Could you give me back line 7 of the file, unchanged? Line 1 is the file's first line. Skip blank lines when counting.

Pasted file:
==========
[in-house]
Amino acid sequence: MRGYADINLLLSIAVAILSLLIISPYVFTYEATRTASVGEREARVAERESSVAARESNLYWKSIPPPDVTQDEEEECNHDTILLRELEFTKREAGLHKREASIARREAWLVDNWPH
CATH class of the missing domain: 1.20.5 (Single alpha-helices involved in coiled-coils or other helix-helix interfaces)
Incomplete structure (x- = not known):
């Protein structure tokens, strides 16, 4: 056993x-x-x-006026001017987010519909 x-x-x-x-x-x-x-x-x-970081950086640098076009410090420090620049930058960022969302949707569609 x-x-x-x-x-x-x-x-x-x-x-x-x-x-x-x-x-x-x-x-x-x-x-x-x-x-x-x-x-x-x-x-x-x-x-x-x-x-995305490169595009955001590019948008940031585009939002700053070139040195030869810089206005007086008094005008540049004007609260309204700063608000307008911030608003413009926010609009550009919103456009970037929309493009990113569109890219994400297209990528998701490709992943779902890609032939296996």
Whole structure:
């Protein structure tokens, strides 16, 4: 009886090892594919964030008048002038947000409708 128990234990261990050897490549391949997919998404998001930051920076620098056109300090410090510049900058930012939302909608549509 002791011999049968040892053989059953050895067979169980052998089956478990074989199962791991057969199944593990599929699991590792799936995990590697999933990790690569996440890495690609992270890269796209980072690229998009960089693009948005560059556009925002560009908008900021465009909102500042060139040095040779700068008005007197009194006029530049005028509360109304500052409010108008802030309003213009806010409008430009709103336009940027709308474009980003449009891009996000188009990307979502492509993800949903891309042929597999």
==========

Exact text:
């Protein structure tokens, strides 16, 4: 009886090892594919964030008048002038947000409708 128990234990261990050897490549391949997919998404998001930051920076620098056109300090410090510049900058930012939302909608549509 002791011999049968040892053989059953050895067979169980052998089956478990074989199962791991057969199944593990599929699991590792799936995990590697999933990790690569996440890495690609992270890269796209980072690229998009960089693009948005560059556009925002560009908008900021465009909102500042060139040095040779700068008005007197009194006029530049005028509360109304500052409010108008802030309003213009806010409008430009709103336009940027709308474009980003449009891009996000188009990307979502492509993800949903891309042929597999």